Galaxy 'mega-merger' 10 billion years ago forged Milky Way

The Milky Way Has a Gigantic Skeleton in Its Closet

The Milky Way Has a Gigantic Skeleton in Its Closet

Comparison of distribution of velocities of the heavenly bodies with the simulation results of the collision of the milky Way with another galaxy shows that, most likely, they are the "aliens".

Helmi: "The youngest stars from Gaia-Enceladus are actually younger than the native Milky Way stars in what is now the thick disk region".

That galaxies collide is hardly surprising.

We often think of space as peaceful and serene. Instead, massive galaxies bulk up by catching and consuming smaller galaxies. That means that while this is hardly the only galactic collision scientists have pinpointed, it's a comparatively huge one, the scientists said.

There's now more work to be done, trying to locate the stars left over from other collisions - and learning more about the Enceladus event. "It wasn't known whether the Milky Way had experienced any mergers", Helmi says. For U.S. readers snacking their way through a Halloween haul, consider the injection of caramel that turns a simple 3 Musketeers bar into the cosmic candy we know and love called Milky Way. Helmi and her team found 13 globular clusters they were able to associate with the dwarf galaxy, based on their orbits and the compositions of their stars.

In other words, the collection is what they expected from stars that were once part of another galaxy and have been consumed by the Milky Way. "It was incredible to look at the new Gaia data and realize that I had seen it before!", says the astronomer.

"Seeing that we are now starting to unravel the formation history of the Milky Way is very exciting", says Anthony Brown, Leiden University, The Netherlands, who is a co-author of the paper and also chair of the Gaia Data Processing and Analysis Consortium Executive.

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If those stars had been born in this galaxy, they would be marching around the core in the same direction as the rest of us.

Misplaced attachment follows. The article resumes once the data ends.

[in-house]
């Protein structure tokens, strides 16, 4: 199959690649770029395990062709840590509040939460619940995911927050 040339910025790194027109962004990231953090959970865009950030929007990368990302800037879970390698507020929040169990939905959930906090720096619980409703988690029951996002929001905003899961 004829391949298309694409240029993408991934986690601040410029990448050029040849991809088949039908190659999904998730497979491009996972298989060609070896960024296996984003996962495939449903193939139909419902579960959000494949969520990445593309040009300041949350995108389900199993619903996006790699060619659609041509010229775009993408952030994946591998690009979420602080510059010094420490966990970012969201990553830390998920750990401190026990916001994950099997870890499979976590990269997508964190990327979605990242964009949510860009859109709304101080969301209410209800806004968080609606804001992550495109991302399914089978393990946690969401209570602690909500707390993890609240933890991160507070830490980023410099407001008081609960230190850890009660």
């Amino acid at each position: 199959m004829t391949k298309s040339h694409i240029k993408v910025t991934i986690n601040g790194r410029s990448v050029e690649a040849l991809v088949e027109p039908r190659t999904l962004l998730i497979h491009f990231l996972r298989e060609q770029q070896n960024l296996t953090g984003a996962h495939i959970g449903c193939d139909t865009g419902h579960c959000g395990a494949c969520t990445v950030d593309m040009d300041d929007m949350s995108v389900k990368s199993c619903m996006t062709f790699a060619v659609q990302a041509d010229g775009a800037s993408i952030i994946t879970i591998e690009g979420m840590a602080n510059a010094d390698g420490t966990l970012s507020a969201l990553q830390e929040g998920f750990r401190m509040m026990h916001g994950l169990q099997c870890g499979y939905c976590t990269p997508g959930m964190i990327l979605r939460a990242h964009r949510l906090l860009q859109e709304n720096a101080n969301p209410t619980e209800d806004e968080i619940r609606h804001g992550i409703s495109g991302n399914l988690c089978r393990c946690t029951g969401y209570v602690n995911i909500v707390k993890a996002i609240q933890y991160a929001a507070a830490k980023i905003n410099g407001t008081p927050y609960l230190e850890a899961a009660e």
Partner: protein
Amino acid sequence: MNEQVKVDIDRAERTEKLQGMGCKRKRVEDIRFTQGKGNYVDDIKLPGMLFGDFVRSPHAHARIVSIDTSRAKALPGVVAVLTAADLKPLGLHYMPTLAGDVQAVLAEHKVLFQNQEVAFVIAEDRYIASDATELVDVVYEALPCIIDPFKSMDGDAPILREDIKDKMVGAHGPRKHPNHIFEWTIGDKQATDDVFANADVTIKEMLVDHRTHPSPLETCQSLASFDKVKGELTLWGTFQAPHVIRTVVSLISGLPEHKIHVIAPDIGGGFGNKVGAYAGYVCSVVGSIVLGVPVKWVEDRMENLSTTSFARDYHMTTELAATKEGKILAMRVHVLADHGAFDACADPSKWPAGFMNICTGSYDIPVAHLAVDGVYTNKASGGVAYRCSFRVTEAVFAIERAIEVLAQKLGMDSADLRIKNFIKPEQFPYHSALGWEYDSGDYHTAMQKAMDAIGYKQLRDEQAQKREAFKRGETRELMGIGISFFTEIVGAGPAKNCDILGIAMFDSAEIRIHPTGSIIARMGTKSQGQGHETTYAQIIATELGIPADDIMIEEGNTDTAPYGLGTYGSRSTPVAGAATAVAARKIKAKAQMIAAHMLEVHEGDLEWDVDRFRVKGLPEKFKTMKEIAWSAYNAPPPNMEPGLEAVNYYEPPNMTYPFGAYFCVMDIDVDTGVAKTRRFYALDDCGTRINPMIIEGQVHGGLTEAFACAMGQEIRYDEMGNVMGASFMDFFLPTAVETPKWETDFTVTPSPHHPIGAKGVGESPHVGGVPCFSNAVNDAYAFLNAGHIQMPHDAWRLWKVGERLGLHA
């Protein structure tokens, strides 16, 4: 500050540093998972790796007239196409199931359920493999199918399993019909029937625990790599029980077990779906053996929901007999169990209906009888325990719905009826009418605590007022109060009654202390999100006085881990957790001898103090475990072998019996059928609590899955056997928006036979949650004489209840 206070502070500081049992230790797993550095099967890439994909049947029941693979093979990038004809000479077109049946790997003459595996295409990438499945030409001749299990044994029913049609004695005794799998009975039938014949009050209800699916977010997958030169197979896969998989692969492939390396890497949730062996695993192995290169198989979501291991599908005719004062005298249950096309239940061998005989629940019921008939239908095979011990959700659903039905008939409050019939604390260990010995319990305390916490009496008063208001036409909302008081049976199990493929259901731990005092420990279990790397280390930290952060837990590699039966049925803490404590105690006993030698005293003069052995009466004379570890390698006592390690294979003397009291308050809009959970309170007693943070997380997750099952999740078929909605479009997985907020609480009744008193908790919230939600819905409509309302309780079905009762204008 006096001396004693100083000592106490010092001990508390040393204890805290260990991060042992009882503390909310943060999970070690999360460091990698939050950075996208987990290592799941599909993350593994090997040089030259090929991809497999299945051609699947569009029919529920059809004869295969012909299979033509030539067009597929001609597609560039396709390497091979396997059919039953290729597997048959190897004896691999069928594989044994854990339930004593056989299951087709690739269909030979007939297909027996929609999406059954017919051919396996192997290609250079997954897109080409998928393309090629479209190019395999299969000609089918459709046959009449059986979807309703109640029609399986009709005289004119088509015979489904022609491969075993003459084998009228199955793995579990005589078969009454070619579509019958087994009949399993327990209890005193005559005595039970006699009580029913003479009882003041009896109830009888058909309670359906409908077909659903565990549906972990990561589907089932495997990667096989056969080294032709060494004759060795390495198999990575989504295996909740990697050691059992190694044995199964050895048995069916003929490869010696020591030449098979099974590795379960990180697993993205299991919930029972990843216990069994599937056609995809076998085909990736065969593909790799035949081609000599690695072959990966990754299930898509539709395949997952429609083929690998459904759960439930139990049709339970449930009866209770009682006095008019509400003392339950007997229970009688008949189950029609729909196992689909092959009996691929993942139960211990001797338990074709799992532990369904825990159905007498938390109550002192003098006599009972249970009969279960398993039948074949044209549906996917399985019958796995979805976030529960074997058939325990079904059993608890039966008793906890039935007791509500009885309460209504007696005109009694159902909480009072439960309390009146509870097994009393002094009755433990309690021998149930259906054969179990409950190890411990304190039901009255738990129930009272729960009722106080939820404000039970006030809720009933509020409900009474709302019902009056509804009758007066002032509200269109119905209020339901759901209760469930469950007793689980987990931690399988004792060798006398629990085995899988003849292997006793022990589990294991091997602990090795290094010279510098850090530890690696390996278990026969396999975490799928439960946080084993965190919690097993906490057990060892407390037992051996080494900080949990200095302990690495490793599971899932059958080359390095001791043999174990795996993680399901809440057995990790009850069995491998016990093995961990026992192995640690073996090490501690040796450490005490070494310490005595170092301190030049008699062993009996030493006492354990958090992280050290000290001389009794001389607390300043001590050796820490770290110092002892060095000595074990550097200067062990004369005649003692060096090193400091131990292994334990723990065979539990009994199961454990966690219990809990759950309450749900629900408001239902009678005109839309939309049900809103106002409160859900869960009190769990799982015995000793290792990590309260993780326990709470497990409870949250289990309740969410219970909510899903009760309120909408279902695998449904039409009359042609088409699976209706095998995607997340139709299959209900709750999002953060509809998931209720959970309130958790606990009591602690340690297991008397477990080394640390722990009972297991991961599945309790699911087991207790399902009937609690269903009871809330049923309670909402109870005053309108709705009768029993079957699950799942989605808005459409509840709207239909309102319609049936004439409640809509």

Then, Helmi and her colleagues noticed something else.

"When we looked at their chemical composition, we saw that the stars defined a separate sequence in "chemical space", Helmi says. "We can now say this is the way the Galaxy formed in those early epochs". Collision with object of this size had to warm up the young galactic disk, forming a thicker modern disk. But proving this is not easy and it is only now possible with Gaia for the Milky Way, or for events that have happened relatively recently.

The experts discovered that some 10 billion years ago, the Milky Way merged with a large galaxy. In Greek mythology, Enceladus was a child of the gods Gaia and Uranus. In about four billion years, the Milky Way and the neighbouring Andromeda Galaxy will have a similar collision. It models the Milky Way's merger with the Small Magellanic Cloud, a dwarf galaxy.

Simulations suggest that in another two billion or so years, the Milky Way will swallow the Large Magellanic Cloud, forever erasing it from the southern sky. Its partner will suffer the same fate. For example, researchers always been a question about how it was formed halos - large-scale structure of stars, dark matter and gas that surrounds the galactic disk.

If that sounds extreme, don't forget that in roughly five billion years, the Milky Way will collide with our nearest neighbour, the giant Andromeda galaxy. Now hurtling toward one another at 402,336 kilometres an hour, these galaxies will merge and change our night sky forever-that is, if there are any sentient beings left clinging to this rock we call home.

The Gaia satellite gathers data on 100,000 stars per minute, taking some 500 million measurements per day. By zooming into the incredible shot, filmmaker Dave Achtemichuk creates an unforgettable interactive experience.

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